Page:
Like the plants the members tend, the Somerville Garden Club has grown immensely since it was founded in 1994 by a few like-minded residents. It now has more than 200 members–with about one-third coming from outside the city–and monthly meetings, a very popular annual plant sale and a garden tour on tap for this summer.
Lisa Dezmelyk joined the club shortly after moving to Somerville in the early 1990s. She had purchased a home and was outside doing yard work when a neighbor walked over and told Dezmelyk about the club, which she has used as a resource and source of encouragement ever since.
“It’s a great way to know other gardeners,” said Dezmelyk, who is now the club’s publicist. “There’s no experience or garden necessary. Providing information and encouragement is really what it’s about.”
For $25 a year, Somerville Garden Club members receive a monthly newsletter full of articles that delve into the nitty-gritty as well as those of a more personal, reflective bent. There are also private garden visits, special programs and field trips and a club scholarship that provides partial reimbursement for members who take horticulture courses.
At the heart of the club’s activities are its meetings, which are held on the second Wednesday of each month from 7 p.m.-9 p.m. at the Tufts Administration Building (167 Holland St., second floor). But you don’t have to be a member to attend, anyone can go to these free events.
“There are a wide range of members, from novices to experts,” Dezmelyk said. “It really is the sharing that’s so nice. It’s not competitive. It’s community-oriented. People are very friendly”
In addition to the meetings, where gardening tips and recipes are shared and special programs on topics like composting are conducted, the Somerville Garden Club maintains several garden sites in the city. The club beautifies the Powderhouse Rotary, the Central and West Branch Libraries, the Somerville Museum and the Milk Row Cemetery. The club offers many volunteer opportunities, but none of the events or activities are a requirement for members.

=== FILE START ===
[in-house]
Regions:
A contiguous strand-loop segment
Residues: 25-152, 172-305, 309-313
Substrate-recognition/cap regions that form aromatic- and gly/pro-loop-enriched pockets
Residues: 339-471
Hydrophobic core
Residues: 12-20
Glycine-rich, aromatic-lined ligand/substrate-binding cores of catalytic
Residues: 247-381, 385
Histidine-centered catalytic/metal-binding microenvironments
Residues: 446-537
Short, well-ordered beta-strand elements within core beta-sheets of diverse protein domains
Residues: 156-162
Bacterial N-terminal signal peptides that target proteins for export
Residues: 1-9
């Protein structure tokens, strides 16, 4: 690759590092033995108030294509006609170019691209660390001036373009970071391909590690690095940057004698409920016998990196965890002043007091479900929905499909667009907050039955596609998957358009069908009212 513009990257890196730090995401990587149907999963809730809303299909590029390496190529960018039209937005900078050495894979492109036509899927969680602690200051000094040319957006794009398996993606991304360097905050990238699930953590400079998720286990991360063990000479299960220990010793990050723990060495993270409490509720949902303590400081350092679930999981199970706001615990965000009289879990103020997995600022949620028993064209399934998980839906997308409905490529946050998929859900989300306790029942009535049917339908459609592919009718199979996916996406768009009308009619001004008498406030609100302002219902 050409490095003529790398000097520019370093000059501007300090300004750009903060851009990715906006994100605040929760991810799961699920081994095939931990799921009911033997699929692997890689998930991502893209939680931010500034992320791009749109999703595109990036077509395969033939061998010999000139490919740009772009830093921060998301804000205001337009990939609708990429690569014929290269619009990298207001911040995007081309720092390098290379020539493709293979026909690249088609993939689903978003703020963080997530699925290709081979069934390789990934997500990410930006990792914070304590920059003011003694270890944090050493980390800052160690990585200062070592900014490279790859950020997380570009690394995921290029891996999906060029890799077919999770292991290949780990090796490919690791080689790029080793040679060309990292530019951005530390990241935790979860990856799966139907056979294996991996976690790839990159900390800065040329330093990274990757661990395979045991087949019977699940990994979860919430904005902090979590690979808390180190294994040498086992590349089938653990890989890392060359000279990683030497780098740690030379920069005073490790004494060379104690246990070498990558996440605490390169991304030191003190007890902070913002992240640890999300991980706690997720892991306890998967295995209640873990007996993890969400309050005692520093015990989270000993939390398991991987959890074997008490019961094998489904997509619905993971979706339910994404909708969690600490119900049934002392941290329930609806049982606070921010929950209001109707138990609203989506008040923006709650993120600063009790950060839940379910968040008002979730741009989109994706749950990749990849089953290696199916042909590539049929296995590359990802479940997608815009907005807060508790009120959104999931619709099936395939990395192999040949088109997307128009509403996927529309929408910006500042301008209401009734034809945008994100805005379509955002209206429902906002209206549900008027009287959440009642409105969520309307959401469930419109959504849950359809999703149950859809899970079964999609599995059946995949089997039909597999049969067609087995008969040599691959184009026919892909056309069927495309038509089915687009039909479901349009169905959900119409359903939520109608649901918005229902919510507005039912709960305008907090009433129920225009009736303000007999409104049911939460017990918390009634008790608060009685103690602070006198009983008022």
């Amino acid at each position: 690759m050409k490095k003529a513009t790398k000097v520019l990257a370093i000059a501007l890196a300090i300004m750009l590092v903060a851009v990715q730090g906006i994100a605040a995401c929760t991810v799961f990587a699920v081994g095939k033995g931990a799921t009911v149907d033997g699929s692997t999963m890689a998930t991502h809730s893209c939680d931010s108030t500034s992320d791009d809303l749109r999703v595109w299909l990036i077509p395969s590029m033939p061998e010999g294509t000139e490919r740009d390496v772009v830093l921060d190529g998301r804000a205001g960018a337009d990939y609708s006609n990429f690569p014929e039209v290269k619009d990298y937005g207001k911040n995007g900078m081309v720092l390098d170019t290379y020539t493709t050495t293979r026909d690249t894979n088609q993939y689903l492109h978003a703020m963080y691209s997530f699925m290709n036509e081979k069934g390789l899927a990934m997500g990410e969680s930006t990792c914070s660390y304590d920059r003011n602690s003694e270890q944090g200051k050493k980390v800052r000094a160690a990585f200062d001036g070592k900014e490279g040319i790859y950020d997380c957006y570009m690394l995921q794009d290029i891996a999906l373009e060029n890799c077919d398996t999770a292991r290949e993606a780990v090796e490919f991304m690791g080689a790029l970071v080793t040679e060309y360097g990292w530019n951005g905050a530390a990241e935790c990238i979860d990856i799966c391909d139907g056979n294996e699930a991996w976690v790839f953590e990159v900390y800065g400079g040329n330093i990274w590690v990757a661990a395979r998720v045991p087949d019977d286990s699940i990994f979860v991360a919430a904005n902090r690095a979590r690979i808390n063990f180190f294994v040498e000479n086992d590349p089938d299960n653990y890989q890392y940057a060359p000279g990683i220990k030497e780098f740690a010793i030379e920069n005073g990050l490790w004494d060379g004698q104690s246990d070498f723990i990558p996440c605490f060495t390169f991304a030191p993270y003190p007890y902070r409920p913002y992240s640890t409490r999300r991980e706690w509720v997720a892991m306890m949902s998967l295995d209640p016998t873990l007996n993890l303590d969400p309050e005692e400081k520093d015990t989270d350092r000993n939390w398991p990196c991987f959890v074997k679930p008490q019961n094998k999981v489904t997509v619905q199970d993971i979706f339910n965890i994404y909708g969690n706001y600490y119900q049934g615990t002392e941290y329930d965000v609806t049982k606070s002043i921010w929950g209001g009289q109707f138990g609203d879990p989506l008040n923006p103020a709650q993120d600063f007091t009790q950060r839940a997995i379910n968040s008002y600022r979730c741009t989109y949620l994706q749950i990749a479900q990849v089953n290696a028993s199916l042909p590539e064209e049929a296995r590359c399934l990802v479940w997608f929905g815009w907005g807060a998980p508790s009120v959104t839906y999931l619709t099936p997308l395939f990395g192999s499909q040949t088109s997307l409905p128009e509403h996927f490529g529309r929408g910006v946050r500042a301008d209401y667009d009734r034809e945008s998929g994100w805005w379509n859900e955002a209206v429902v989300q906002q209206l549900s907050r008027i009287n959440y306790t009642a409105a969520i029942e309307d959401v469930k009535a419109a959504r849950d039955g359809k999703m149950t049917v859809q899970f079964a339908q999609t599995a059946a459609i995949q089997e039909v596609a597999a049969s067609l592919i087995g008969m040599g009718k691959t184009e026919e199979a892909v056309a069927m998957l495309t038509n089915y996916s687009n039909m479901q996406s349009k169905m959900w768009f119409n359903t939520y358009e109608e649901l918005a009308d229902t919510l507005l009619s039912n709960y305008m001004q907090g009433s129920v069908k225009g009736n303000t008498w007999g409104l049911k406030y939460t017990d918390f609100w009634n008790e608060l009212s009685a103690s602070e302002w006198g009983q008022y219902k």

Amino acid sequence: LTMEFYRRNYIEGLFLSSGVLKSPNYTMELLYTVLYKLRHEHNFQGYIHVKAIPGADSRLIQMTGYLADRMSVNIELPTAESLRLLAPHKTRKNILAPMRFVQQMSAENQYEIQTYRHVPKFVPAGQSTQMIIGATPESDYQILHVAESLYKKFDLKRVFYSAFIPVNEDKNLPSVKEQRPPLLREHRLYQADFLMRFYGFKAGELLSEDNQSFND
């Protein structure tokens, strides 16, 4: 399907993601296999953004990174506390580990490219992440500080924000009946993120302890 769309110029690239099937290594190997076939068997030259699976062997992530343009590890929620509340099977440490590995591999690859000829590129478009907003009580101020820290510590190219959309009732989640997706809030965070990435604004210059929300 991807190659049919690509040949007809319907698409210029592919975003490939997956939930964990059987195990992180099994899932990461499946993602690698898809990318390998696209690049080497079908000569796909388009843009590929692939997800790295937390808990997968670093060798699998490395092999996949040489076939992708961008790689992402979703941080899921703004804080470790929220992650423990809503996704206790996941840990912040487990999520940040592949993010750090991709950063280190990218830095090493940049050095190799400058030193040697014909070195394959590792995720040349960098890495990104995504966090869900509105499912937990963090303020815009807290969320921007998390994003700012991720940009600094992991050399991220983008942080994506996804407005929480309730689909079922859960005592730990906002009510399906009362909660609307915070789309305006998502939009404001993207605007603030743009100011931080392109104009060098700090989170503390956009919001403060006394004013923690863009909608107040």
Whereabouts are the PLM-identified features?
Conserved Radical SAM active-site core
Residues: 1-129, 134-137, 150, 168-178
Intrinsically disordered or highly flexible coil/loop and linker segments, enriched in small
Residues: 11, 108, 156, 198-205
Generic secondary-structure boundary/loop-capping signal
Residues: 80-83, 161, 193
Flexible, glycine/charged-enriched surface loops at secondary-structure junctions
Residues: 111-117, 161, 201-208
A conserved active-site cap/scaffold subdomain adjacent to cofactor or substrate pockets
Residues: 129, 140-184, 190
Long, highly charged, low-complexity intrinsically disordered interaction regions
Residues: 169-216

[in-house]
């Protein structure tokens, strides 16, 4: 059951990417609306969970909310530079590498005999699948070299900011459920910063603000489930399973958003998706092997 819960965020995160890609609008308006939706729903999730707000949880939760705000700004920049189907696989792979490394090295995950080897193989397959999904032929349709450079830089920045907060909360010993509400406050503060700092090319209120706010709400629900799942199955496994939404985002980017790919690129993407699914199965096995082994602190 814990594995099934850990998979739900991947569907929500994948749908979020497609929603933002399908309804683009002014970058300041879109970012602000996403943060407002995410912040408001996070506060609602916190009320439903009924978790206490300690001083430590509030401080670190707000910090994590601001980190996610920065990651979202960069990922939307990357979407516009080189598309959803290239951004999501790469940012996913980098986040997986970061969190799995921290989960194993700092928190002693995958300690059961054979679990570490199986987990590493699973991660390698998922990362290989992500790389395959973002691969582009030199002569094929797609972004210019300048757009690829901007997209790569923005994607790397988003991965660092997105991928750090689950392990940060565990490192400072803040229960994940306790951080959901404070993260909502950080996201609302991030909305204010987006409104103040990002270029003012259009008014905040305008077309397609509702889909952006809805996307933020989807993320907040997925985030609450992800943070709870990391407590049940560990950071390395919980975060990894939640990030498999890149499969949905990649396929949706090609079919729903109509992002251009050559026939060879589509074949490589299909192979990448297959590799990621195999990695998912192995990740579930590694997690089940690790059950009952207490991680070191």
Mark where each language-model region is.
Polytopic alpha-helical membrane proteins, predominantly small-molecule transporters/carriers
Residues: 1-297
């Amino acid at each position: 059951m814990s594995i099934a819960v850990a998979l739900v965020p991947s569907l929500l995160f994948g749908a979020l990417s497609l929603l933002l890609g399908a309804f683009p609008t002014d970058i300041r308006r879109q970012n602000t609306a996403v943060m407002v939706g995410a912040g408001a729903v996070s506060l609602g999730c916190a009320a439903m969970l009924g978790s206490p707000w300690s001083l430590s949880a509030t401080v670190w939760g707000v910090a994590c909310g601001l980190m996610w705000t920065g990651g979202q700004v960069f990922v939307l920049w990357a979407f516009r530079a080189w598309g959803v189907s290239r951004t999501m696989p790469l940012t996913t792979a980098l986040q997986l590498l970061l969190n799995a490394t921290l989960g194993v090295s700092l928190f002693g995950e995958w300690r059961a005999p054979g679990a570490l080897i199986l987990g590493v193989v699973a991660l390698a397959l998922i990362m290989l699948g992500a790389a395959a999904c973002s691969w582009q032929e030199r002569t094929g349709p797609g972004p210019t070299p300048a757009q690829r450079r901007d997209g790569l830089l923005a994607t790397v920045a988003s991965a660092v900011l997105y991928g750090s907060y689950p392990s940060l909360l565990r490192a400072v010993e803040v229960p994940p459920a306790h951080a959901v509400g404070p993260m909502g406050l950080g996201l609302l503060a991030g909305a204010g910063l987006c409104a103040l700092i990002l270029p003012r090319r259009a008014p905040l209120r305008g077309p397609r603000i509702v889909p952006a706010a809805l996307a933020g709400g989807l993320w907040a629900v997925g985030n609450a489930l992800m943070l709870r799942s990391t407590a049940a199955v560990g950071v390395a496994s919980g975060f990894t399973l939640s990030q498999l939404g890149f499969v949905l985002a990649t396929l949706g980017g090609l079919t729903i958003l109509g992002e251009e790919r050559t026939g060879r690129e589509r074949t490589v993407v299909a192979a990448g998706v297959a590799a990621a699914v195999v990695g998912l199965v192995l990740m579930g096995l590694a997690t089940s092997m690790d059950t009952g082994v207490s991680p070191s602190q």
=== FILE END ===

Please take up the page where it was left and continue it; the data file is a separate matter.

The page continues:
“You can participate as much or as little as you want,” Dezmelyk said.
The garden club’s biggest annual event is the fall plant sale (pictured above), which usually takes place on the third Saturday in September. The club’s members work tirelessly for days leading up to it to prepare more than 1,000 plants to be sold in mere hours on the big day.
“I can’t get over how our members have come through on that,” Dezmelyk said. And the community comes through too, helping the club to nearly sell out even during a low-level hurricane a few years ago.
The plant sale is a fundraiser for the garden club, but it’s also much more than that.
“The community gets an incredible assortment of plants at a great price,” Dezmelyk said. “We rarely have much inventory left. And the few plants we don’t sell go to the Community Growing Center or Groundwork Somerville. Nothing gets thrown out.”
And this year, the club is hosting a garden tour. It will take place on Sunday, June 9, and visit 15 to 20 club members’ gardens. Those attending will receive a map and write-ups to take themselves on a self-guided tour of some of Somerville’s most beautiful yards.
“There’s an incredible variety of gardens,” Dezmelyk said. “There a few gardens in town that are large and jaw-dropping. You’ll be able to meet the gardeners who made 100% of the garden. They did the back-breaking labor. People love being able to talk to the gardeners.”
Dezmelyk’s own garden (pictured above), which is full of roses and herbs, will be one of the stops on the tour. That may have surprised her family years ago because as a child growing up in a rural area, her least favorite chore was helping with the garden. But after buying her own property, Dezmelyk wanted it to look nice and she now uses gardening as a way to relax and stay in shape.
Having been a Somerville resident for 20 years, Dezmelyk has seen the city–and it’s focus on urban agriculture and the arts–grow right along with the garden club.
“We’re very lucky the community-government-nonprofit symbiosis is great here,” Dezmelyk said. “The city is very supportive. It’s been a neat thing to see the changes. It’s a great little active city.”
Images courtesy of the Somerville Garden Club.